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Brown adipose tissue (BAT) has the ability to oxidise glucose and lipids, and dissipate energy in the form of heat.1 Thus, it could provide one method to influence energy balance—and therefore, be a player in the fight against obesity and type 2 diabetes.
BAT is highly regulated by the sympathetic nervous system (SNS) to increase body temperature when mammals are exposed to cold. The heat production is mediated by uncoupling protein 1 (UCP-1), an inner-membrane mitochondrial protein exclusively expressed in BAT.1 Dogma was that BAT was only present in newborns. However, radiologists using the radiotracer 18F-fluorodeoxyglucose in positron emission tomography (PET)/computed tomography to detect metabolically active tumours, found competing areas in the supraclavicular, thoracic spine and neck regions with high rates of glucose uptake. The significance of BAT for human physiology was recognised in 2007.2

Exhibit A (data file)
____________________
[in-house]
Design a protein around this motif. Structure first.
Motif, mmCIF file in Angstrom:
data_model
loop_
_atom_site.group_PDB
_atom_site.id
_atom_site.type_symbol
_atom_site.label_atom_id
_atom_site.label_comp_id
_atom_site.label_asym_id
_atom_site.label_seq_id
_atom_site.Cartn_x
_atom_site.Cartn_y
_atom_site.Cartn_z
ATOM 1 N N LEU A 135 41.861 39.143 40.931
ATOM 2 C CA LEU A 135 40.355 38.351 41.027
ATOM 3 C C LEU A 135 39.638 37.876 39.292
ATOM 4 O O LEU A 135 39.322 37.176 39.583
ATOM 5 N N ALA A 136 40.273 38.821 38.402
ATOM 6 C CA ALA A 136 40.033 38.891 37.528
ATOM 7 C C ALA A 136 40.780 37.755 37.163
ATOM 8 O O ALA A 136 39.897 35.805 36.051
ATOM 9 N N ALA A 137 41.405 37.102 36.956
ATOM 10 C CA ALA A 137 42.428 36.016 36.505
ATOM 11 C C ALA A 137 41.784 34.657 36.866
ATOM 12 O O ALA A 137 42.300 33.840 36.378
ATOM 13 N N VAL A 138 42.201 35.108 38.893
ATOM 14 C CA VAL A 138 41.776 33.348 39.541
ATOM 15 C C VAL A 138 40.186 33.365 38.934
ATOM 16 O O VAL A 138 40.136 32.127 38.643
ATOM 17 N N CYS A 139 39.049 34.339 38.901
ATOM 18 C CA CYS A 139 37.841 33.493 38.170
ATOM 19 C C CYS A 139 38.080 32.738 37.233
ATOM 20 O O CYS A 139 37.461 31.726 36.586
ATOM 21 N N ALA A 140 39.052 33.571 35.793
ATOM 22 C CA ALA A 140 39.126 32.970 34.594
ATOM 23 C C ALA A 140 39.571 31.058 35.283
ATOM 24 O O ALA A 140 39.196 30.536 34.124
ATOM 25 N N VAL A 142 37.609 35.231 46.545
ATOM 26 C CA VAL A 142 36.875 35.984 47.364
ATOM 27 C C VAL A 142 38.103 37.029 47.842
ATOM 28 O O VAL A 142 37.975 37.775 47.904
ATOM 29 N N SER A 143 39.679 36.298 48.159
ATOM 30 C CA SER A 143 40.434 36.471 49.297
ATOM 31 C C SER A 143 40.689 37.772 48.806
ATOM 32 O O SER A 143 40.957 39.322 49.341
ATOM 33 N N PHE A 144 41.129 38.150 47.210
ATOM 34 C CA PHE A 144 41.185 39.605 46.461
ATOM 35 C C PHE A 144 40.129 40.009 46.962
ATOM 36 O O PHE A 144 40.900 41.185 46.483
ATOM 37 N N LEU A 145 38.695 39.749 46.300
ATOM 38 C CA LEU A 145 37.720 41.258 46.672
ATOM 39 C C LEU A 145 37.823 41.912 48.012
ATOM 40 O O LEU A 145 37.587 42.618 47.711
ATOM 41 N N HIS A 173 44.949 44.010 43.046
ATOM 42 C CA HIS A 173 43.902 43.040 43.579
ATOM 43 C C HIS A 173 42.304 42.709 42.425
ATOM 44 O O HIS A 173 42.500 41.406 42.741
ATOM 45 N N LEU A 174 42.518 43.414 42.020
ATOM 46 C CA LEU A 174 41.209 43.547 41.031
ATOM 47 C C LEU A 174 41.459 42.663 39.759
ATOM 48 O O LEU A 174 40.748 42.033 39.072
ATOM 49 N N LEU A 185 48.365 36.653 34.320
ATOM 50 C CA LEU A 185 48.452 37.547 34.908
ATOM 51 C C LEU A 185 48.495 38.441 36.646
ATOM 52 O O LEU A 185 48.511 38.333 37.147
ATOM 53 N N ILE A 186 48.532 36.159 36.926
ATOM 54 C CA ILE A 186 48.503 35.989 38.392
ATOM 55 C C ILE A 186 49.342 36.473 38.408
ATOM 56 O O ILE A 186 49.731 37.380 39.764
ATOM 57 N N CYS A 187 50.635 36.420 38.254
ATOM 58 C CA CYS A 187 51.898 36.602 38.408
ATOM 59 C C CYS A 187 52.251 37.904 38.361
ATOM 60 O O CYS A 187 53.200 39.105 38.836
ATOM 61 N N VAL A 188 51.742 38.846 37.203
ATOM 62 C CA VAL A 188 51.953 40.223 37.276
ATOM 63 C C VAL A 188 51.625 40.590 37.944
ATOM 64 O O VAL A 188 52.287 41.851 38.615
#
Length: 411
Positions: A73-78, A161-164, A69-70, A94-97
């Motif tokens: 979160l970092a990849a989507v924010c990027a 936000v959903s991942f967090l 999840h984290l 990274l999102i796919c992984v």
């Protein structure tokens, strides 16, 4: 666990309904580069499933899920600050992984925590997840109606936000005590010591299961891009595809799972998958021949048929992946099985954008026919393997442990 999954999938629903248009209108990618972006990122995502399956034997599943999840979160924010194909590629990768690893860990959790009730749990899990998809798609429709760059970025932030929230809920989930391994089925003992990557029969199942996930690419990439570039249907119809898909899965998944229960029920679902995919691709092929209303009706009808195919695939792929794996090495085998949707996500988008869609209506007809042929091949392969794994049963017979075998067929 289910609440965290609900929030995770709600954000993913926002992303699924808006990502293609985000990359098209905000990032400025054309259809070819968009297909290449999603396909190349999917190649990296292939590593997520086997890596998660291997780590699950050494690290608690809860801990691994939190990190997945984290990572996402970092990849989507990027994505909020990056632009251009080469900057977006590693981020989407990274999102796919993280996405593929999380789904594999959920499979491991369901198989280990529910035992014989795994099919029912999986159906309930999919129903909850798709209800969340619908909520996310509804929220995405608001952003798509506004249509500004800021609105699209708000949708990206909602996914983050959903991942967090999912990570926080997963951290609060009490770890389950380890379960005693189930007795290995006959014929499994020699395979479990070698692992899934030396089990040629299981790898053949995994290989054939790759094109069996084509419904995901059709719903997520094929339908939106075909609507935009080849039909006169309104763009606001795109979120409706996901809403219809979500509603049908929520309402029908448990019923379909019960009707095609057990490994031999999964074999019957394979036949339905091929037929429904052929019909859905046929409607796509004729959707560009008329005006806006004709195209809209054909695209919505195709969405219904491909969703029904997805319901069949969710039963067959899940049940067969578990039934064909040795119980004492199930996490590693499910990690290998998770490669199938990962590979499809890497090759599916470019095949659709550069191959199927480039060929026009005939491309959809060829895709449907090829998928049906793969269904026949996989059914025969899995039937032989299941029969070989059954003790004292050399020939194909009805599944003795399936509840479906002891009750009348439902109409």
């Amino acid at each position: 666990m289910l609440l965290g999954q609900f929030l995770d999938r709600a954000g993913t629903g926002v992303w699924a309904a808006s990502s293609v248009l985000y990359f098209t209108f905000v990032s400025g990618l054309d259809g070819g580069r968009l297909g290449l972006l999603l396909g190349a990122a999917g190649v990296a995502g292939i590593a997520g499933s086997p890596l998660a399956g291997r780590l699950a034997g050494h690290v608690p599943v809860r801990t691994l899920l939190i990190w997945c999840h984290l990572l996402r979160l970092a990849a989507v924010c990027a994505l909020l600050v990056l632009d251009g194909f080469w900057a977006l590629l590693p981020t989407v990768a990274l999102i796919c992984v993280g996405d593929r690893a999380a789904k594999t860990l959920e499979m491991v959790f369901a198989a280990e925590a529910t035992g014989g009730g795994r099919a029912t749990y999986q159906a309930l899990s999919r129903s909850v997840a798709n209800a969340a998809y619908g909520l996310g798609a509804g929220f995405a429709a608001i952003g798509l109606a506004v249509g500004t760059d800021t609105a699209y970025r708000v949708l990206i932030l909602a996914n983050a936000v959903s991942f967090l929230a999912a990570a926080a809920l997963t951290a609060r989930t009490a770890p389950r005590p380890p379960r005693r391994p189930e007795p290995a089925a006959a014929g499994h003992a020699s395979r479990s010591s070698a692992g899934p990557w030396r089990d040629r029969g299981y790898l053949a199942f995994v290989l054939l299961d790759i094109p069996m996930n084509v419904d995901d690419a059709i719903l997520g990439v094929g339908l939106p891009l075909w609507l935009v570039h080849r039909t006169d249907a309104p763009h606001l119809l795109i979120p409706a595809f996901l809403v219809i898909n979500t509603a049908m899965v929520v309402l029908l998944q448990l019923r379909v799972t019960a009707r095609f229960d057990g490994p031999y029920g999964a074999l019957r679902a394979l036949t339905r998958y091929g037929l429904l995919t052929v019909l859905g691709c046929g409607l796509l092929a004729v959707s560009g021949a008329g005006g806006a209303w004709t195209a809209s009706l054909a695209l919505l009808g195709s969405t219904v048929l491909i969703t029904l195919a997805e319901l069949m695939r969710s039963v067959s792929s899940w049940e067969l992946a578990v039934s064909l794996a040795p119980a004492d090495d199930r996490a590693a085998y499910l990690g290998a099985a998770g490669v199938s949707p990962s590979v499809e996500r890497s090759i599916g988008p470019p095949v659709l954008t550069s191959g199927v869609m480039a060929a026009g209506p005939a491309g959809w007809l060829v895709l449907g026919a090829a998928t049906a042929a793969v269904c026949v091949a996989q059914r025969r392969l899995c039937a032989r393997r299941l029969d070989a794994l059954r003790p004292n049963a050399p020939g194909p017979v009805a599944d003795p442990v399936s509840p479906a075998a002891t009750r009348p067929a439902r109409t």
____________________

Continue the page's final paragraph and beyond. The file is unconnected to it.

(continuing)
Recently, another type of cells called brown-in-white (BRITE) or beige cells, in white adipose tissue (WAT) have been found.3 BRITE cells possess a multilocular morphology, enriched mitochondria and express the brown adipocyte-specific UCP-1.
Importance of activating BAT
A potential clinical implication of activating BAT relates to the stimulation of resting energy expenditure and diet-induced thermogenesis. In humans, the thermogenic response to a meal is higher in those possessing BAT. It has been estimated that 50 g of activated BAT might translate to increase ∼5% of resting …
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